This international study, led by world expert in forest fragmentation Professor Robert Ewers of Ecology at Imperial College London, is a first-of-its-kind study using new spatial and statistical analyses that combine data from across the world, creating a metric of fragmentation effects on each forest species. What makes the international collaboration exceptional and quite different to traditional fragmentation studies is that it modelled an entire landscape, determining edge effects in every specific scenario across the selected landscape. Traditionally, fragmentation studies were only able to determine whether edge effects were high or low. This model is able to determine whether edge effects are high or low and every variable in between. A diversity of forests from across the world were studied, from rain forests such as the Amazon to coastal forests found in South Africa. The study was able to get very accurate and comprehensive results that were modelled on 22 landscapes from across the world.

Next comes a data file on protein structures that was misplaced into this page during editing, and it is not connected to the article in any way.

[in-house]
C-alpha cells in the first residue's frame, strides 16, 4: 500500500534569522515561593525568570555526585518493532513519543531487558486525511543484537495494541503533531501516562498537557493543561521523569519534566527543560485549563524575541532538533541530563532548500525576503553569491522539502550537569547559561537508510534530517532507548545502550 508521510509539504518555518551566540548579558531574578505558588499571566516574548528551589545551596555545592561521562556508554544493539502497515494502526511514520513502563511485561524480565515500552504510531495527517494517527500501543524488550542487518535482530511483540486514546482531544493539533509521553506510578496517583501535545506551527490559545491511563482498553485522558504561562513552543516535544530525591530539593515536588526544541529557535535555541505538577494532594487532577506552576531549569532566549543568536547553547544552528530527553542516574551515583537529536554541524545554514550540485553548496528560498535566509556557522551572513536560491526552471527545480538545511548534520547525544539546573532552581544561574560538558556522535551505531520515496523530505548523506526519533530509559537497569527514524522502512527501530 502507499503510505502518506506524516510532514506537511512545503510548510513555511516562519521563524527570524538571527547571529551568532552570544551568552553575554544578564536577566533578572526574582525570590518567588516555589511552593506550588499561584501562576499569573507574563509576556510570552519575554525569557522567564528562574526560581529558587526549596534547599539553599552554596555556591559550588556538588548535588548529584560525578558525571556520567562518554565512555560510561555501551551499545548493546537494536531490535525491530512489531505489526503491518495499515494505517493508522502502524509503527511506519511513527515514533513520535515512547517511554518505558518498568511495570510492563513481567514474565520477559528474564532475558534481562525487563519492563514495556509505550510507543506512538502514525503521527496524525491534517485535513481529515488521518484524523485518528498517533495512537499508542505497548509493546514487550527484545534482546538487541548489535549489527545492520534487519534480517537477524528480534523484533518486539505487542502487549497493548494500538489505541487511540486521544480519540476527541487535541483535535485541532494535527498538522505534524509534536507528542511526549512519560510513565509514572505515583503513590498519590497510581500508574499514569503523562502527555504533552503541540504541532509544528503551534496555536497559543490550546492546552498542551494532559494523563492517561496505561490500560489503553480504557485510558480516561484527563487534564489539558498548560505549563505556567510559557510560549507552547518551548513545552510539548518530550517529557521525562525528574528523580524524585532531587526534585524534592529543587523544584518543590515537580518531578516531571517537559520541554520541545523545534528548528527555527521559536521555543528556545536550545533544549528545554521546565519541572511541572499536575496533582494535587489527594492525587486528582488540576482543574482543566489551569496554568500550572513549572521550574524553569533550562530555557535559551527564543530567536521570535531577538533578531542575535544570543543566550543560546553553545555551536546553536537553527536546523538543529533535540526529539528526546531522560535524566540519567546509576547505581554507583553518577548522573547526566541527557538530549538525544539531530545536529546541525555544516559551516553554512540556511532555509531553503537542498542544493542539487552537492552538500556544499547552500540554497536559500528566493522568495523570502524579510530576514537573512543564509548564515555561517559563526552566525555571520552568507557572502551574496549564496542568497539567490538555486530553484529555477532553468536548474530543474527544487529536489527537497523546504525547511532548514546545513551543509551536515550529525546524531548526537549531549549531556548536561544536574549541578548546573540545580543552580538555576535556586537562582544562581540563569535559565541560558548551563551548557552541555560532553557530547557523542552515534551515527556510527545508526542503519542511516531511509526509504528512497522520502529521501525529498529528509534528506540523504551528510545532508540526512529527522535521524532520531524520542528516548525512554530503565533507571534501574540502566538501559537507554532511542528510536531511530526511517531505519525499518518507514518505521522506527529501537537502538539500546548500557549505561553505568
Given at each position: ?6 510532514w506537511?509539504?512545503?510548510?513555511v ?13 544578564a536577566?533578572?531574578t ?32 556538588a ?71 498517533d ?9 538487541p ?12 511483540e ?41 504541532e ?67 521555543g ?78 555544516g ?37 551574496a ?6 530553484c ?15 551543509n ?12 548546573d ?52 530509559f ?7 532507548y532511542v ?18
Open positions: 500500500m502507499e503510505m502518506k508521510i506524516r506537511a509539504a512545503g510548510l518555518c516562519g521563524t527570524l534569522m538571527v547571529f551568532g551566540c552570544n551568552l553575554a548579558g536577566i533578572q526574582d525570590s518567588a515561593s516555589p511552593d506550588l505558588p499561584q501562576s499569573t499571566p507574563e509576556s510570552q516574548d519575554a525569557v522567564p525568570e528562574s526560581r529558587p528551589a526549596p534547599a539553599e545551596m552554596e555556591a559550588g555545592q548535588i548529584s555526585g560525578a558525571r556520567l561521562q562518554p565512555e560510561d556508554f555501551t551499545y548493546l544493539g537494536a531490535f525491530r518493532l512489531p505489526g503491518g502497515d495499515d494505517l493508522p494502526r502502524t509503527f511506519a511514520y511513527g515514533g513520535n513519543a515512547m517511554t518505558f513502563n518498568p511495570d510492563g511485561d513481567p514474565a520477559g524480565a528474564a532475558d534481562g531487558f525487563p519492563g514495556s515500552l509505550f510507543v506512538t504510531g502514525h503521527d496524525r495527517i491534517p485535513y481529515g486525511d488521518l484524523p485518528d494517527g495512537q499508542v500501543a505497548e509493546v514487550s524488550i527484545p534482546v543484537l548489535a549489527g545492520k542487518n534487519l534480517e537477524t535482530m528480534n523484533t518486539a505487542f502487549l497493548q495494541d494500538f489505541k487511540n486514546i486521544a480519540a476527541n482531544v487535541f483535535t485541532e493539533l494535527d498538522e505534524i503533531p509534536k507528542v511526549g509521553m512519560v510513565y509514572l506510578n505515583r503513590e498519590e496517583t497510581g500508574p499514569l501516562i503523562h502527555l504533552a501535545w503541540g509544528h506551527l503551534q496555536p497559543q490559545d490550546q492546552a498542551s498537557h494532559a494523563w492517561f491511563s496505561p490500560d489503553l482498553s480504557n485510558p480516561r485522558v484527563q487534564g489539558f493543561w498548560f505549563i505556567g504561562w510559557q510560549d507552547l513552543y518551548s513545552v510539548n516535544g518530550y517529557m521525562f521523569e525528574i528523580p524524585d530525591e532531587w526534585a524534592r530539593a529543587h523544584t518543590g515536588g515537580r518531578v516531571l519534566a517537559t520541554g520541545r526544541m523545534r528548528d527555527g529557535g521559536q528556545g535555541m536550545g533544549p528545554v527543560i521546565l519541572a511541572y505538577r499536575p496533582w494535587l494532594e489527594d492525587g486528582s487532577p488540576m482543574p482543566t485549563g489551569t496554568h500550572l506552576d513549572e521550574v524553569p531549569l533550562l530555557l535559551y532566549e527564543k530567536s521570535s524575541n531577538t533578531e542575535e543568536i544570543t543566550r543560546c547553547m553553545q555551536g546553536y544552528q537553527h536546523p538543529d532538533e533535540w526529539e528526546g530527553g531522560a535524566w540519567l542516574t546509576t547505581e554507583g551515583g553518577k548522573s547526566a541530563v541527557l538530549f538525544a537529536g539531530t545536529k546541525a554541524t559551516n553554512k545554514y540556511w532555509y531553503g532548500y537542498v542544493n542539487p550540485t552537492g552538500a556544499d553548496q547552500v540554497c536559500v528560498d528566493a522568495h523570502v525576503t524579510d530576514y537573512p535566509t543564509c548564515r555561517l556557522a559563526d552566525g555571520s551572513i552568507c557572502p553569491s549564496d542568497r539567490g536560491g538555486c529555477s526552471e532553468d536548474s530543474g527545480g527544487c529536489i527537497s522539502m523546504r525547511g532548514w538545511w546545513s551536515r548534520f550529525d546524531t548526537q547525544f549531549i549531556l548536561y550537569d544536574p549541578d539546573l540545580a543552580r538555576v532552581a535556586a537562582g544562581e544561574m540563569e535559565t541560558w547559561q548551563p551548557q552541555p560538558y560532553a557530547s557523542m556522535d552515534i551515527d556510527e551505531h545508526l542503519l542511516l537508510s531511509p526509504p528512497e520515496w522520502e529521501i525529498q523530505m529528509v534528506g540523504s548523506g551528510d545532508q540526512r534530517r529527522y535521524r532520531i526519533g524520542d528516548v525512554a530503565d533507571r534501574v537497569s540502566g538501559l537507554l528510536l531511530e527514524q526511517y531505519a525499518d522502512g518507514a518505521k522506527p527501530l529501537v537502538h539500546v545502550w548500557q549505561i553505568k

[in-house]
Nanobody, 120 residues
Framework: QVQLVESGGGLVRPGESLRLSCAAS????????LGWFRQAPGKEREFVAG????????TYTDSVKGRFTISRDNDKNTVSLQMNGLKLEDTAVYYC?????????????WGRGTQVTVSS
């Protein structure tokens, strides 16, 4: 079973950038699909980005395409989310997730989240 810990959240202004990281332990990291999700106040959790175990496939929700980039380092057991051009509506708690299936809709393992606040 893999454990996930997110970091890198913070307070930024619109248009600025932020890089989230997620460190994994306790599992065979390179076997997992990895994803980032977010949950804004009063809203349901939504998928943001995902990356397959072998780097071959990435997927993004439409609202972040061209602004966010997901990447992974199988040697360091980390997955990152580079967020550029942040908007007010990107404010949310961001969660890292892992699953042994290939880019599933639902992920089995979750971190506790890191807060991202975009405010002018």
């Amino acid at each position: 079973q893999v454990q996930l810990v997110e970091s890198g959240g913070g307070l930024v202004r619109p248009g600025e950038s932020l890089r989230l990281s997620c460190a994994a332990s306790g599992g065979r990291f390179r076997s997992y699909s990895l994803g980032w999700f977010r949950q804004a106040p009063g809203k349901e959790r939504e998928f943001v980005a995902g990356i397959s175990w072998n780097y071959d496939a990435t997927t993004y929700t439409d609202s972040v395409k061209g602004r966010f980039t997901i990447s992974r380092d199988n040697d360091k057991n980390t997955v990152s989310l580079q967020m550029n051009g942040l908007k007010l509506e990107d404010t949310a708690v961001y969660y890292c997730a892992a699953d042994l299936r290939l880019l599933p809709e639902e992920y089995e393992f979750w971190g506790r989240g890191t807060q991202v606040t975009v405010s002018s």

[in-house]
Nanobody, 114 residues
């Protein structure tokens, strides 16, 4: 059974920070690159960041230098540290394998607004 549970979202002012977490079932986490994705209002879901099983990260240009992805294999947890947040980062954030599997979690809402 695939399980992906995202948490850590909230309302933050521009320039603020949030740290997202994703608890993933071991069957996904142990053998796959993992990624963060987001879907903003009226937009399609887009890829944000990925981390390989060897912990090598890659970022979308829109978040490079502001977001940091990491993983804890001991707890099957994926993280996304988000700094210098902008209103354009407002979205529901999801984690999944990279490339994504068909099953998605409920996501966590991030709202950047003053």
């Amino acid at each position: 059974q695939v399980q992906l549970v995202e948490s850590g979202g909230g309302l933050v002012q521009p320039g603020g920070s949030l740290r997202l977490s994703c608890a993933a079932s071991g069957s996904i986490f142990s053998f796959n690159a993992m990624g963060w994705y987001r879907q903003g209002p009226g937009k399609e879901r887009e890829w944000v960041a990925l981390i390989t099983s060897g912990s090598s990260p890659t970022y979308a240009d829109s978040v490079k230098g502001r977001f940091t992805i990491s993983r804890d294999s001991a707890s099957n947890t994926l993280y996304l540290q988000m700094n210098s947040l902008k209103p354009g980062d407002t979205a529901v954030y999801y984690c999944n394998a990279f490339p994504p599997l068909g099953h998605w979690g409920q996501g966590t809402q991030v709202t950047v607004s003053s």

As expected, the effects of forest edges on species can be quite varied. The study explains that half of the world's forest habitat is now within 500 metres of a forest edge due to the expansion of road networks, logging, agriculture and other human activity.

Obviously, nature reacts best to nature and when forests are surrounded by natural grasslands or woodlands the edge effects appear to not be as severe as when surrounded by sugar canes and plantations. In the first case scenario forest species tend to be unaffected and so edge effects tend to go unobserved. When these habitats are transformed into stark human-modified habitats then high contrasts and strong edge effects are observed.

Prior to Olivier's study, there were no records on the history of South African coastal forests and where they once occurred. In order to establish how much of these forests have been lost, Olivier developed a model indicating where forests would typically have been in South Africa by looking at the conditions of existing forests in the country and matching similar conditions elsewhere. Areas with similar climatic conditions that would most likely have been coastal forests in bygone years are now typically plantation forests and sugar cane. From this model, Olivier was able to determine that 82% of South Africa's coastal forests have, in fact, been lost.

Olivier sampled birds and trees inside these fragmented forests to see if the size of the forest or the habitat that surrounds the forest affects the composition of these species. Without varying niches available within the forest, a decline in species is observed. He specifically noticed a decline in insectivorous birds. The simplified structures that are fragmented forests probably harbour impoverished insect communities, resulting in a decline of several associated species.